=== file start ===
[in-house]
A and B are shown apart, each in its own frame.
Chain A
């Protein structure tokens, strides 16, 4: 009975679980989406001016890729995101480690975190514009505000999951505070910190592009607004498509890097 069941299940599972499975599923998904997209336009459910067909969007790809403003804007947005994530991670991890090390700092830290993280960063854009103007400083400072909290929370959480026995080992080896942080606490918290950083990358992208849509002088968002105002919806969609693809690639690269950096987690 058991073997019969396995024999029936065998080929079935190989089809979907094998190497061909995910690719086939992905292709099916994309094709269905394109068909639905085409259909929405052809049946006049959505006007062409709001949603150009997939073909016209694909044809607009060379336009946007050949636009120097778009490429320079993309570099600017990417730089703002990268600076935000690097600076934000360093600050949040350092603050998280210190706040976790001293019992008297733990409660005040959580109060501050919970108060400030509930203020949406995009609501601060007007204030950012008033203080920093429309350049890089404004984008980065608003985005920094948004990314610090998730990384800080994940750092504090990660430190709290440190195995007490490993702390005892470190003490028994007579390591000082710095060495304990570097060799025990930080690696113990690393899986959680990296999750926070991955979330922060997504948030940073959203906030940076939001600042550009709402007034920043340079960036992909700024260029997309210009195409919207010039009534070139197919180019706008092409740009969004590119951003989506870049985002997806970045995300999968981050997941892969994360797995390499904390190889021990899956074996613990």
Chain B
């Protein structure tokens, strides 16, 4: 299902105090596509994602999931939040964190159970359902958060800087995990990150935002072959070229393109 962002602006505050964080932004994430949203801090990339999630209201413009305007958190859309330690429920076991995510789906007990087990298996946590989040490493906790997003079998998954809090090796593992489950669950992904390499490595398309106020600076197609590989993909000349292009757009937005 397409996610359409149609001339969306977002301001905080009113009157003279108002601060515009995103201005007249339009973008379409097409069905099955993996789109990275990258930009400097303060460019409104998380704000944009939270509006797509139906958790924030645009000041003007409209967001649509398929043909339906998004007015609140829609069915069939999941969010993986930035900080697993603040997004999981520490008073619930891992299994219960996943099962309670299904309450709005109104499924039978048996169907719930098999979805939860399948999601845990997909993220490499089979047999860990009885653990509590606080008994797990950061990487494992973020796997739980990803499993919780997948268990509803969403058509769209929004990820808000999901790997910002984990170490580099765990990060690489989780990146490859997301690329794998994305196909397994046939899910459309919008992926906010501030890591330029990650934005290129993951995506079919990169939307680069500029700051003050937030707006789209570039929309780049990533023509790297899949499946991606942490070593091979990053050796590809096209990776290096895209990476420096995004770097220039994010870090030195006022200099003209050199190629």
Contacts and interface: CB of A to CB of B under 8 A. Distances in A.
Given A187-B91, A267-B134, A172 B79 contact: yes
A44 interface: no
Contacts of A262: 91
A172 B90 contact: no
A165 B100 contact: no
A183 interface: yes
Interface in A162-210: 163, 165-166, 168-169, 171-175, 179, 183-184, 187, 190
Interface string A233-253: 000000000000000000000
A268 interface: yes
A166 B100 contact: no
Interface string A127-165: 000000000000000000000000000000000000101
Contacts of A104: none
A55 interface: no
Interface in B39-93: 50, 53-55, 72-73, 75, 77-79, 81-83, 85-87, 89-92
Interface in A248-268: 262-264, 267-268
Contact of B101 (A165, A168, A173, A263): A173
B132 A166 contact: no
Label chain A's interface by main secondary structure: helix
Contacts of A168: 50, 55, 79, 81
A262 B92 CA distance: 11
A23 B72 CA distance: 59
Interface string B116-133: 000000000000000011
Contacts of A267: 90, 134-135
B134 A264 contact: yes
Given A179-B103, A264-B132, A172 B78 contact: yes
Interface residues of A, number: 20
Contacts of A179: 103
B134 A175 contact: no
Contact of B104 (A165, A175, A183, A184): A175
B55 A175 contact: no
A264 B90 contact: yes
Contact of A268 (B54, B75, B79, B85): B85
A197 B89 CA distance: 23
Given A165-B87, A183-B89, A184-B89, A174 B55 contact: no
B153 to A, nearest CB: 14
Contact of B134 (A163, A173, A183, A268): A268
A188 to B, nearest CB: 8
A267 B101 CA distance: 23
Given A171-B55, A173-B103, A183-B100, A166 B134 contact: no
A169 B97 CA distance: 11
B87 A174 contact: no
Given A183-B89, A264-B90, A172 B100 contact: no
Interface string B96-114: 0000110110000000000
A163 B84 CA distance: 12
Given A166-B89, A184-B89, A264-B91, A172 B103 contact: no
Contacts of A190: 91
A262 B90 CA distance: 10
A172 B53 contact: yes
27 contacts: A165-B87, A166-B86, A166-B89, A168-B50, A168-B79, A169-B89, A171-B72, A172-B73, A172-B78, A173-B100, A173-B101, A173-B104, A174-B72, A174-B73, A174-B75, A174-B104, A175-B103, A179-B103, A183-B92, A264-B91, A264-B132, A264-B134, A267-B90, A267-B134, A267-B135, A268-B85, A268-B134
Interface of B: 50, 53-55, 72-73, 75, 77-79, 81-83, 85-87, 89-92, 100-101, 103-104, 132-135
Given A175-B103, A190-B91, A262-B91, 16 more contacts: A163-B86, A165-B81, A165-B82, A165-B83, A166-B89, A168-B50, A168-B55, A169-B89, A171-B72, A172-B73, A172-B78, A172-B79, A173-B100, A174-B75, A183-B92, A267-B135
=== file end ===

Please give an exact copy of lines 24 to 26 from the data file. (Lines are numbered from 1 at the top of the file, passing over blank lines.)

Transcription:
B132 A166 contact: no
Label chain A's interface by main secondary structure: helix
Contacts of A168: 50, 55, 79, 81